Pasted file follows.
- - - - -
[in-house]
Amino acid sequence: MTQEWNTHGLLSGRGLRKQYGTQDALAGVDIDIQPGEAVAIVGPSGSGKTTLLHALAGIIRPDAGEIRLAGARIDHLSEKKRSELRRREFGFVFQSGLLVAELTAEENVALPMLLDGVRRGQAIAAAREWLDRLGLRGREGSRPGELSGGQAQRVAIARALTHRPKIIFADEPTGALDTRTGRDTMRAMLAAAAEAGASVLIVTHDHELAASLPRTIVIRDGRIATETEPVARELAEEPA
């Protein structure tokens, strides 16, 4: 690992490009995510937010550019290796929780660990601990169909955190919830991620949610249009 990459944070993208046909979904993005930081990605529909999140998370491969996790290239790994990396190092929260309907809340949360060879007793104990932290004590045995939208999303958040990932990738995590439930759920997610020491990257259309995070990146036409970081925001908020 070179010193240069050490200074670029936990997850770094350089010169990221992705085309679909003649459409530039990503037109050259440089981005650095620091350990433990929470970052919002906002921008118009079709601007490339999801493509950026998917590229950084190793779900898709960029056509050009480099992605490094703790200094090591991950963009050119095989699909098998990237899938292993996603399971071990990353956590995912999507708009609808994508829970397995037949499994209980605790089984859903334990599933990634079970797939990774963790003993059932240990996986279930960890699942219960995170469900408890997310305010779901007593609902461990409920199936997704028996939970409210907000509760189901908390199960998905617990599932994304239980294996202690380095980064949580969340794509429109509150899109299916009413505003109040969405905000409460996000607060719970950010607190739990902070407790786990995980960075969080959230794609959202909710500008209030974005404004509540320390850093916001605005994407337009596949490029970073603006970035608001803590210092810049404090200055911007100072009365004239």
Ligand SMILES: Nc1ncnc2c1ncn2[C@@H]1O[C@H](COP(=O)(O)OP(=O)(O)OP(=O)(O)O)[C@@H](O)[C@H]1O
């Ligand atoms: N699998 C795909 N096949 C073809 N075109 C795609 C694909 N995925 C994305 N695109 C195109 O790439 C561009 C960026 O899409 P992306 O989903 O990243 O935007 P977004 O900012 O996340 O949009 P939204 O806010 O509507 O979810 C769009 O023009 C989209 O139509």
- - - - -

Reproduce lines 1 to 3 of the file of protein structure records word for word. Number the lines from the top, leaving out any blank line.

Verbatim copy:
[in-house]
Amino acid sequence: MTQEWNTHGLLSGRGLRKQYGTQDALAGVDIDIQPGEAVAIVGPSGSGKTTLLHALAGIIRPDAGEIRLAGARIDHLSEKKRSELRRREFGFVFQSGLLVAELTAEENVALPMLLDGVRRGQAIAAAREWLDRLGLRGREGSRPGELSGGQAQRVAIARALTHRPKIIFADEPTGALDTRTGRDTMRAMLAAAAEAGASVLIVTHDHELAASLPRTIVIRDGRIATETEPVARELAEEPA
């Protein structure tokens, strides 16, 4: 690992490009995510937010550019290796929780660990601990169909955190919830991620949610249009 990459944070993208046909979904993005930081990605529909999140998370491969996790290239790994990396190092929260309907809340949360060879007793104990932290004590045995939208999303958040990932990738995590439930759920997610020491990257259309995070990146036409970081925001908020 070179010193240069050490200074670029936990997850770094350089010169990221992705085309679909003649459409530039990503037109050259440089981005650095620091350990433990929470970052919002906002921008118009079709601007490339999801493509950026998917590229950084190793779900898709960029056509050009480099992605490094703790200094090591991950963009050119095989699909098998990237899938292993996603399971071990990353956590995912999507708009609808994508829970397995037949499994209980605790089984859903334990599933990634079970797939990774963790003993059932240990996986279930960890699942219960995170469900408890997310305010779901007593609902461990409920199936997704028996939970409210907000509760189901908390199960998905617990599932994304239980294996202690380095980064949580969340794509429109509150899109299916009413505003109040969405905000409460996000607060719970950010607190739990902070407790786990995980960075969080959230794609959202909710500008209030974005404004509540320390850093916001605005994407337009596949490029970073603006970035608001803590210092810049404090200055911007100072009365004239």